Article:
I am not the parent of a type 1 diabetic, but am a type 1 diabetic myself. I was a child when diagnosed, and know the worry you are feeling, for I saw it in my own mother. I AM a mother, though, and know that getting a 4-year-old to eat an exact amount of food borders on impossible.
I personally find that simple foods are the easiest to deal with when trying to balance food with insulin. By this, I mean things that are separated out so that their carbohydrates can be measured or counted exactly. In my experience, foods like chili are hard to perfectly match with insulin
SGG has covered such important topics, and I agree with the approach.
You mention that your daughter gets 1 unit of insulin before meals. This is interesting to me because now that you're getting a handle on testing & food choices, it seems to me you can work with your endo to learn about carbo counting & matching her meal shot dosages to the carb content in those meals AND her activity levels and BG around the time of the meal. Some endos work with Certified DIabetes Educators or nutritionists/dieticians who specialize in DM.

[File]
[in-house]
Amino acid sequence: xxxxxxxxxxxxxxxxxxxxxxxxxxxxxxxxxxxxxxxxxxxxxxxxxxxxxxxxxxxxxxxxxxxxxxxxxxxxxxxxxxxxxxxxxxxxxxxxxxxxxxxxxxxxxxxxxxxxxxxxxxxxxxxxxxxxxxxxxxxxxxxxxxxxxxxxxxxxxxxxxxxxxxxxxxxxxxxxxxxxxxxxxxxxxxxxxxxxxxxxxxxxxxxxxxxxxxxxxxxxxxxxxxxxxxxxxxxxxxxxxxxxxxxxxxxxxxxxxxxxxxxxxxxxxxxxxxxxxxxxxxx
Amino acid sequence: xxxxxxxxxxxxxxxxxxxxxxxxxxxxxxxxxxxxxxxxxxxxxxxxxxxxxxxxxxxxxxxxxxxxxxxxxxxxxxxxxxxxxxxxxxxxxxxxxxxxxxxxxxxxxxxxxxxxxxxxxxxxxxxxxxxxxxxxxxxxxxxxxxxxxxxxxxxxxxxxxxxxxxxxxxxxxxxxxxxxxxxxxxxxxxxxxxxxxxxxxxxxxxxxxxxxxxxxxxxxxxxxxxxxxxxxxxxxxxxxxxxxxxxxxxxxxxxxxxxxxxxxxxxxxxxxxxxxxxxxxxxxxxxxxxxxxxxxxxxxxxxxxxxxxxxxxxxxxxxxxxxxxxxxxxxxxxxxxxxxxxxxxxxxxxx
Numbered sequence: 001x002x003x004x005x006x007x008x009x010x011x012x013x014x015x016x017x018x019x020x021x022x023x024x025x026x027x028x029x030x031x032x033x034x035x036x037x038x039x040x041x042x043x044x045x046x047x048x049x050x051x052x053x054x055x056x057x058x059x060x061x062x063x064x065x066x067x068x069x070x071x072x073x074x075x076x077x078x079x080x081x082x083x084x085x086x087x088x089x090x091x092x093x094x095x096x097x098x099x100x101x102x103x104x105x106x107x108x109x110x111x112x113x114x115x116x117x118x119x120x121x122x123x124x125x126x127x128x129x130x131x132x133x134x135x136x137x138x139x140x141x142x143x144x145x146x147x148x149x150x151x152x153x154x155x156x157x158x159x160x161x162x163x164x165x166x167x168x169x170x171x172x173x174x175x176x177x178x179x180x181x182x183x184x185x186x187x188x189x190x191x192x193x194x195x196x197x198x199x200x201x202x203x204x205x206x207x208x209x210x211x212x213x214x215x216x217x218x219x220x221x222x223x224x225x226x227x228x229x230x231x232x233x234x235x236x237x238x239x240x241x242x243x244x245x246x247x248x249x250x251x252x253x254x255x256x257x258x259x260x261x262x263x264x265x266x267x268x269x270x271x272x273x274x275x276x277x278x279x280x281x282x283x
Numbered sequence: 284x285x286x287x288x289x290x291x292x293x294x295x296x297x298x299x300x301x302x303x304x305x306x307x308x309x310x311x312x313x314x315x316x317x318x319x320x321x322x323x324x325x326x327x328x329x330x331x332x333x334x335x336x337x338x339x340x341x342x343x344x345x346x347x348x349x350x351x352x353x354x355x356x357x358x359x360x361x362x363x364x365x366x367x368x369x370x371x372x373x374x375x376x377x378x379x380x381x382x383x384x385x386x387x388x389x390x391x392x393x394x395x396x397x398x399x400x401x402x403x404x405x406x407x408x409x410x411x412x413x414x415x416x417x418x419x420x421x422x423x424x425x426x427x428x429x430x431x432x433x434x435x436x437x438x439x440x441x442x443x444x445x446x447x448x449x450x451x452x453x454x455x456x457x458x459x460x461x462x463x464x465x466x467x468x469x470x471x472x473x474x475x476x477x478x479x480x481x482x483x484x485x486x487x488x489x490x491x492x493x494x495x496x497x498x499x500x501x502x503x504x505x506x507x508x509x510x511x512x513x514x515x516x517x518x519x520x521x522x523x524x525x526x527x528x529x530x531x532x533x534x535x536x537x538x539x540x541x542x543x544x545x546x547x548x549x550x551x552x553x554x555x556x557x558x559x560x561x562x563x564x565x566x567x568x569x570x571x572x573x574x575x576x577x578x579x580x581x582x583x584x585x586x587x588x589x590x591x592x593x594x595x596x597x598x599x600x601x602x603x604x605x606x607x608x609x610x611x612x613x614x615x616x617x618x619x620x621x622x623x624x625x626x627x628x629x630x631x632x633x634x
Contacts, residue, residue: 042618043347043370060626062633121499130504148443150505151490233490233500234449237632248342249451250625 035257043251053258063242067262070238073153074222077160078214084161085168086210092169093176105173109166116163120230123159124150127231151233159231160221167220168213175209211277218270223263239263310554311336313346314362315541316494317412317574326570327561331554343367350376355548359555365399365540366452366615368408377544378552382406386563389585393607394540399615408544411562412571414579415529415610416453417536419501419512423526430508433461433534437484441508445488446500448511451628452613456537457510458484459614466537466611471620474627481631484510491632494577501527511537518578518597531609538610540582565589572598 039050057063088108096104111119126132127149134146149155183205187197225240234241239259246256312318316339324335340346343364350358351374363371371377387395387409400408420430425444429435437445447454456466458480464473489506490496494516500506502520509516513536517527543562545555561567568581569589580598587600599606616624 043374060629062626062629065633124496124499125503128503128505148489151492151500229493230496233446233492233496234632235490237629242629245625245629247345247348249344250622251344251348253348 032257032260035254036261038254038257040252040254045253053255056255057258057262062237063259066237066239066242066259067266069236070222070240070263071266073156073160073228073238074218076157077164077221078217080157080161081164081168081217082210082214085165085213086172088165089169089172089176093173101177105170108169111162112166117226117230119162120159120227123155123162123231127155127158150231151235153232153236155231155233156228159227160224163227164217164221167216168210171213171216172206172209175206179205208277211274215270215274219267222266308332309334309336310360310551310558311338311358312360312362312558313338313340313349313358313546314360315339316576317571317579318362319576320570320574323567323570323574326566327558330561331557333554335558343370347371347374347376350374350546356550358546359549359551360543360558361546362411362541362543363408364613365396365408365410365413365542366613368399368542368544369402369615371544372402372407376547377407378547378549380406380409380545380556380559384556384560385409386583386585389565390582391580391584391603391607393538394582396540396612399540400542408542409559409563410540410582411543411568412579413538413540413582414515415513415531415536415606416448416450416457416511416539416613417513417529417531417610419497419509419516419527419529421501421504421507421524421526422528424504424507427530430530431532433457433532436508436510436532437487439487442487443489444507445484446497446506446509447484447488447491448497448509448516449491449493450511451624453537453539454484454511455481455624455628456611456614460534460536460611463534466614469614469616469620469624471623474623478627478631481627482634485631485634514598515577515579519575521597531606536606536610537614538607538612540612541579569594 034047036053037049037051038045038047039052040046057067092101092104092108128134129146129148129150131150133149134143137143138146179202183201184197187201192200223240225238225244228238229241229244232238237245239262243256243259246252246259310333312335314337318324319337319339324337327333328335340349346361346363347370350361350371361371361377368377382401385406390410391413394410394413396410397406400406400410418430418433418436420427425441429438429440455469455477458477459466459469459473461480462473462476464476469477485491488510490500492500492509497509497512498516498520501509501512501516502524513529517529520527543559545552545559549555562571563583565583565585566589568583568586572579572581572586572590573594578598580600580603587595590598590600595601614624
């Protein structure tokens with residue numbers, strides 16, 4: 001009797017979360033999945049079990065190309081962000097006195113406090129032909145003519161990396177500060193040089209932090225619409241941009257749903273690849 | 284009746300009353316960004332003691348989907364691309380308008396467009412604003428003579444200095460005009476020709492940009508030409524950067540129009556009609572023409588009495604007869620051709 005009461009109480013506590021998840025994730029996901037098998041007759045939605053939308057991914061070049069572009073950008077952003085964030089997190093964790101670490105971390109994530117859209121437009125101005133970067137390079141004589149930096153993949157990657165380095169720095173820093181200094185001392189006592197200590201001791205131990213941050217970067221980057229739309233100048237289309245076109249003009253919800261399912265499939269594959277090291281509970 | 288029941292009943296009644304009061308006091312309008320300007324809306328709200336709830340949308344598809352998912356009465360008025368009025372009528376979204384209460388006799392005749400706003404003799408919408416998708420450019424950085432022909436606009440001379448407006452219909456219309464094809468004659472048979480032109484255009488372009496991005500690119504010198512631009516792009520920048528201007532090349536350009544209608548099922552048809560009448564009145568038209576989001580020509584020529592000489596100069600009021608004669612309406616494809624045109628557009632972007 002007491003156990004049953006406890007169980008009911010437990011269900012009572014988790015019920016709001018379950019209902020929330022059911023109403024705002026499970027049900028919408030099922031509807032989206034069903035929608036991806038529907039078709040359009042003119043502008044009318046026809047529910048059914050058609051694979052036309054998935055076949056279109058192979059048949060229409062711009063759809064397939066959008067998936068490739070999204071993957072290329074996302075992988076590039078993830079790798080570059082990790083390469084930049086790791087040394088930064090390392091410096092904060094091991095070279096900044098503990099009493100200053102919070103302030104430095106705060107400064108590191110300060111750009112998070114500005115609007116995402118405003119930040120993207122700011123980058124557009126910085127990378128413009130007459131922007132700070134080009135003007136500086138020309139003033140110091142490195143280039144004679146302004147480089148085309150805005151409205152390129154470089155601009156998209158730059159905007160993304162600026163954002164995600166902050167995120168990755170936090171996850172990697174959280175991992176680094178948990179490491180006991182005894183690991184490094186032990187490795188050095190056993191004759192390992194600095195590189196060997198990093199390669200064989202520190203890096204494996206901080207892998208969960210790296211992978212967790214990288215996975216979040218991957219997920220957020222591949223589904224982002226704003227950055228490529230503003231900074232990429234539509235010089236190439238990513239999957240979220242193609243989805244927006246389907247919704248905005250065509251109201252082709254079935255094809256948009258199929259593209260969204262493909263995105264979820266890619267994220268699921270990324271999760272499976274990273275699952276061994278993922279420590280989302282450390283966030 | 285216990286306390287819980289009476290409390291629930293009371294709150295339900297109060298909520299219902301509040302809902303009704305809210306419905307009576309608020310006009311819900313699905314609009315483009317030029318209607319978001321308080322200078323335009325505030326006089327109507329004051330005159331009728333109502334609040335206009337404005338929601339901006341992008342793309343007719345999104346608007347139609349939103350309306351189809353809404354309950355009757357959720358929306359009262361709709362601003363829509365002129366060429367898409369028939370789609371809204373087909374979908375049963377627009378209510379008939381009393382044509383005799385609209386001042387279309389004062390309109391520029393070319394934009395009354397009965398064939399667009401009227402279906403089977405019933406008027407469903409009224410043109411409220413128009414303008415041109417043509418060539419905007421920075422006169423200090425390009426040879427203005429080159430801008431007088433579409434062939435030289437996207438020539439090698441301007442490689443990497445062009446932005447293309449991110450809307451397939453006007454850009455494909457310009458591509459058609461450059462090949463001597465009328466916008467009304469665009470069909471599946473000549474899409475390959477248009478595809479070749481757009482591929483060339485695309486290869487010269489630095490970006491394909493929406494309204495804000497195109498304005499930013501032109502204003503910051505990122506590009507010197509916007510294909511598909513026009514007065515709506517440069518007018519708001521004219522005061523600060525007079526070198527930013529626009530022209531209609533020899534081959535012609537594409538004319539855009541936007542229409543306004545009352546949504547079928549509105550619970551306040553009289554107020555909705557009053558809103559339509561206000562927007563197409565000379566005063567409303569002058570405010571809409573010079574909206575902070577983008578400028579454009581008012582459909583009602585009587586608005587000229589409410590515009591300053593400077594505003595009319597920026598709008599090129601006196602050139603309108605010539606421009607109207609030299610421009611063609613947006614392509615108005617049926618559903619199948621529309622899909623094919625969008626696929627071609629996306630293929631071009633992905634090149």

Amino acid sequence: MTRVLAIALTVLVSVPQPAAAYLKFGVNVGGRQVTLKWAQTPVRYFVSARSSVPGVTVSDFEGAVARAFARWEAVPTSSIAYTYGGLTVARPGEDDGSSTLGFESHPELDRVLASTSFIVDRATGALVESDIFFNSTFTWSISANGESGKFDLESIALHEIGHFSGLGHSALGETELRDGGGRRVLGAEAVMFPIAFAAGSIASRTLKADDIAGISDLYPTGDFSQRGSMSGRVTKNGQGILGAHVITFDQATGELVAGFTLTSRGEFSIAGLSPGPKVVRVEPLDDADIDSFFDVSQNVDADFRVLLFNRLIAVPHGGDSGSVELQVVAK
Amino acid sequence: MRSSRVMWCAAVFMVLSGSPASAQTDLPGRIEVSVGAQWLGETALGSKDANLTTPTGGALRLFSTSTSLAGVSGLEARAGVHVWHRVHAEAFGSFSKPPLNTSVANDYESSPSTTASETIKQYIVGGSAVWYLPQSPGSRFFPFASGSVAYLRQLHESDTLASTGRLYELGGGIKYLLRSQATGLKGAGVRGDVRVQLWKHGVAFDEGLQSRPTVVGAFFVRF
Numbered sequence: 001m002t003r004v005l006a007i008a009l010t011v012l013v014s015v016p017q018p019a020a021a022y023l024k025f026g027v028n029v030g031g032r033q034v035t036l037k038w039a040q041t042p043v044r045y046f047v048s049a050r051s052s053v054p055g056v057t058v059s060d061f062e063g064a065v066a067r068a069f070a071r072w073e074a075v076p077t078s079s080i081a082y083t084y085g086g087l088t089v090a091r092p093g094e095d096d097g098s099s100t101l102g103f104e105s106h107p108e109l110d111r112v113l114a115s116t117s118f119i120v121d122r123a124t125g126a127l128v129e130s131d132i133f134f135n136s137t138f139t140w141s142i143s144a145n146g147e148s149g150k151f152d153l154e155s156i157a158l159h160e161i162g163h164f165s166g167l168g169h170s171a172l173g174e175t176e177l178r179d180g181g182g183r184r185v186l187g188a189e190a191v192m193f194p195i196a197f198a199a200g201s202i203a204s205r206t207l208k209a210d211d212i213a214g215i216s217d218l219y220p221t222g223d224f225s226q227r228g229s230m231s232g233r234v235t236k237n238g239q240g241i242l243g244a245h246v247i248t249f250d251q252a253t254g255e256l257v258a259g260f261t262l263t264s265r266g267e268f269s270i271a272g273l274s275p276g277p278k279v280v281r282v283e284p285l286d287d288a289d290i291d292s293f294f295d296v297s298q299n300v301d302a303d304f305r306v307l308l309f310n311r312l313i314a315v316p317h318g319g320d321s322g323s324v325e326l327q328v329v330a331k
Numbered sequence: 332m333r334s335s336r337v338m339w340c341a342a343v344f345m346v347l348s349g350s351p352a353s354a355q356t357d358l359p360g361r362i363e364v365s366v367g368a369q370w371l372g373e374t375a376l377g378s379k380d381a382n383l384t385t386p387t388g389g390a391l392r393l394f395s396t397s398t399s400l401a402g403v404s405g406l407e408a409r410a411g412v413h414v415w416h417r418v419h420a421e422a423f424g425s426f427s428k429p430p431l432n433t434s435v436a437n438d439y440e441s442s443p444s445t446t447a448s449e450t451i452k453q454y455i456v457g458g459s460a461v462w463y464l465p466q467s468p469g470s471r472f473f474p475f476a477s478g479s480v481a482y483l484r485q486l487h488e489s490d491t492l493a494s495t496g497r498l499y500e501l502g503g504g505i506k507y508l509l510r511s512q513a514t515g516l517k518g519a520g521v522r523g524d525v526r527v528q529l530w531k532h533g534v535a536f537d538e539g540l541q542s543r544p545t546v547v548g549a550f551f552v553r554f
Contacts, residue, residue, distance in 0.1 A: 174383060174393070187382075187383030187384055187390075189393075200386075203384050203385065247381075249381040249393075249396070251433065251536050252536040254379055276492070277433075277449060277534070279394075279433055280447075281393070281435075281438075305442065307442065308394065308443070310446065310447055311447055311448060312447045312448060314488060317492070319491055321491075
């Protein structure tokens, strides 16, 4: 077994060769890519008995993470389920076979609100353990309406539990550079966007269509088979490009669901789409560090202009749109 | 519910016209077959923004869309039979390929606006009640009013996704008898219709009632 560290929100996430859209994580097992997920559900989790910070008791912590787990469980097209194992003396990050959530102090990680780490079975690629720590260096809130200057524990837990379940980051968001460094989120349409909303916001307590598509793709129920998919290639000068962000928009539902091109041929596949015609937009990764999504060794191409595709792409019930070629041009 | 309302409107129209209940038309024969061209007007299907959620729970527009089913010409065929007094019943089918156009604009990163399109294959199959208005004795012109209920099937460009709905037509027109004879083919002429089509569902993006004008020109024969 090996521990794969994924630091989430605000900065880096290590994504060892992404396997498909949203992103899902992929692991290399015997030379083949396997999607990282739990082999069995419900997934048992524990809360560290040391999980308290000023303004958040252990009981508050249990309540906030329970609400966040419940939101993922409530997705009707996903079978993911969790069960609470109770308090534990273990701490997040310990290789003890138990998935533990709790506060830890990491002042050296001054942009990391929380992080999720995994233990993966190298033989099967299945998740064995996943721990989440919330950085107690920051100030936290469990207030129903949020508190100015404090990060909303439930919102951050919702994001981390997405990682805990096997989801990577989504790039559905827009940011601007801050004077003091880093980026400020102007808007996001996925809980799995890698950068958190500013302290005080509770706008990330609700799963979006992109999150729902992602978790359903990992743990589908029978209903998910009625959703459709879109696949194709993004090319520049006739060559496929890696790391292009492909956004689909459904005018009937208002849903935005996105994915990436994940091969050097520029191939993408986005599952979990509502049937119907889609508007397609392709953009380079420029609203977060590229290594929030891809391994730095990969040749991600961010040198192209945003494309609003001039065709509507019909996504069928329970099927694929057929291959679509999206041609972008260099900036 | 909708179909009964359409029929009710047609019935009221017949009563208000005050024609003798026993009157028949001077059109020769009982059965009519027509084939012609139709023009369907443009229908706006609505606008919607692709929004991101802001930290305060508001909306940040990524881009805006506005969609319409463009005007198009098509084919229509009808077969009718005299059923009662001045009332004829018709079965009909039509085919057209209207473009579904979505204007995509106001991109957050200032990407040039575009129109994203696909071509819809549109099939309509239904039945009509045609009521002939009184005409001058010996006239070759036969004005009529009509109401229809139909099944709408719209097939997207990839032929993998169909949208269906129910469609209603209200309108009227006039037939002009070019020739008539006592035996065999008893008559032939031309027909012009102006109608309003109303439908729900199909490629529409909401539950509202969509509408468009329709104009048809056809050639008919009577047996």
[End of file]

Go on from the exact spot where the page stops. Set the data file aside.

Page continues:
Two numbers they can help you discover & learn to work with (and they WILL change as your little one stops producing any insulin at all, as her hormones change thru growing, and then adolescence ... etc.): (1) Insulin:Carbohydrate ratio and (2) insulin sensitivity factor. THese numbers often vary by time of day, too.
(1) insulin: carbo ratio -- This is the number of grams of carbos that one unit of insulin will "cover" -- just enough that her BG before and her BG 4-5 hours later is about the same. This number is important to determine how many units of insulin to take for a give meal or large snack. It is used in conjunction with current blood sugar & activity level.
(2) insulin sensitivity -- This is the number of "points" our BG will drop if we take 1 unit of insulin. THis number is important to know when we try correct a high number.
Finally, for folks who take tiny amounts of insulin, there are low-dose syringes (that make it much easier to see and deliver, for example, 1/2 unit increments.) For folks who take really tiny amounts, they also make a diluent to dilute a normal vial of insulin. The reason to dilute U-100 insulin, where 1cc=100 units is to create a U50 or U20 insulin where 1cc has 50 or 20 diluted units. Again, having a diluted insulin can make it easier to measure out 1/4 or 1/2 units at a time. There is considerable training to safely diluting and safely using diluted insulin, but it can be a great tool if your endo wants you work with fractional units.
It may be too soon to consider it, but age 4-5 is not too young for pump therapy, which makes it MUCH easier to dose in tenths of a unit as needed.
Good luck. There's a lot to learn and yet it's clear you've learned a tremendous amount already.